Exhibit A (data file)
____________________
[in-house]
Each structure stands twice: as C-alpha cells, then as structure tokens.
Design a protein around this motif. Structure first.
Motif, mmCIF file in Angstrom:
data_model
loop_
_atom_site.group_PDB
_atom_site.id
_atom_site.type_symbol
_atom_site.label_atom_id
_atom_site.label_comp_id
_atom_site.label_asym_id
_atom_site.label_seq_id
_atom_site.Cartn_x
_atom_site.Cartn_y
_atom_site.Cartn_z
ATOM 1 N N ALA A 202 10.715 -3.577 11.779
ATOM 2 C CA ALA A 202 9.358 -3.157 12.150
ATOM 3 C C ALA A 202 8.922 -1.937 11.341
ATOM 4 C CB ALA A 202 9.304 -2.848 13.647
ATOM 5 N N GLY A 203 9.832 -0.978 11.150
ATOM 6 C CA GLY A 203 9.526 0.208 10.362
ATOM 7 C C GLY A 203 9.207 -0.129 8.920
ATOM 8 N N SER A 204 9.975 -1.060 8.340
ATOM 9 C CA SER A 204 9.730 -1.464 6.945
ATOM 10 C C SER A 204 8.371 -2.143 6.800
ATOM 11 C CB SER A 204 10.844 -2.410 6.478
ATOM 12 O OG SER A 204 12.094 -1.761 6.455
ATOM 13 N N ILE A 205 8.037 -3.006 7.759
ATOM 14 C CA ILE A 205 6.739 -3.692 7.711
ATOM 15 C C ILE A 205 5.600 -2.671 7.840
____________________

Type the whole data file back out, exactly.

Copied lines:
[in-house]
Each structure stands twice: as C-alpha cells, then as structure tokens.
Design a protein around this motif. Structure first.
Motif, mmCIF file in Angstrom:
data_model
loop_
_atom_site.group_PDB
_atom_site.id
_atom_site.type_symbol
_atom_site.label_atom_id
_atom_site.label_comp_id
_atom_site.label_asym_id
_atom_site.label_seq_id
_atom_site.Cartn_x
_atom_site.Cartn_y
_atom_site.Cartn_z
ATOM 1 N N ALA A 202 10.715 -3.577 11.779
ATOM 2 C CA ALA A 202 9.358 -3.157 12.150
ATOM 3 C C ALA A 202 8.922 -1.937 11.341
ATOM 4 C CB ALA A 202 9.304 -2.848 13.647
ATOM 5 N N GLY A 203 9.832 -0.978 11.150
ATOM 6 C CA GLY A 203 9.526 0.208 10.362
ATOM 7 C C GLY A 203 9.207 -0.129 8.920
ATOM 8 N N SER A 204 9.975 -1.060 8.340
ATOM 9 C CA SER A 204 9.730 -1.464 6.945
ATOM 10 C C SER A 204 8.371 -2.143 6.800
ATOM 11 C CB SER A 204 10.844 -2.410 6.478
ATOM 12 O OG SER A 204 12.094 -1.761 6.455
ATOM 13 N N ILE A 205 8.037 -3.006 7.759
ATOM 14 C CA ILE A 205 6.739 -3.692 7.711
ATOM 15 C C ILE A 205 5.600 -2.671 7.840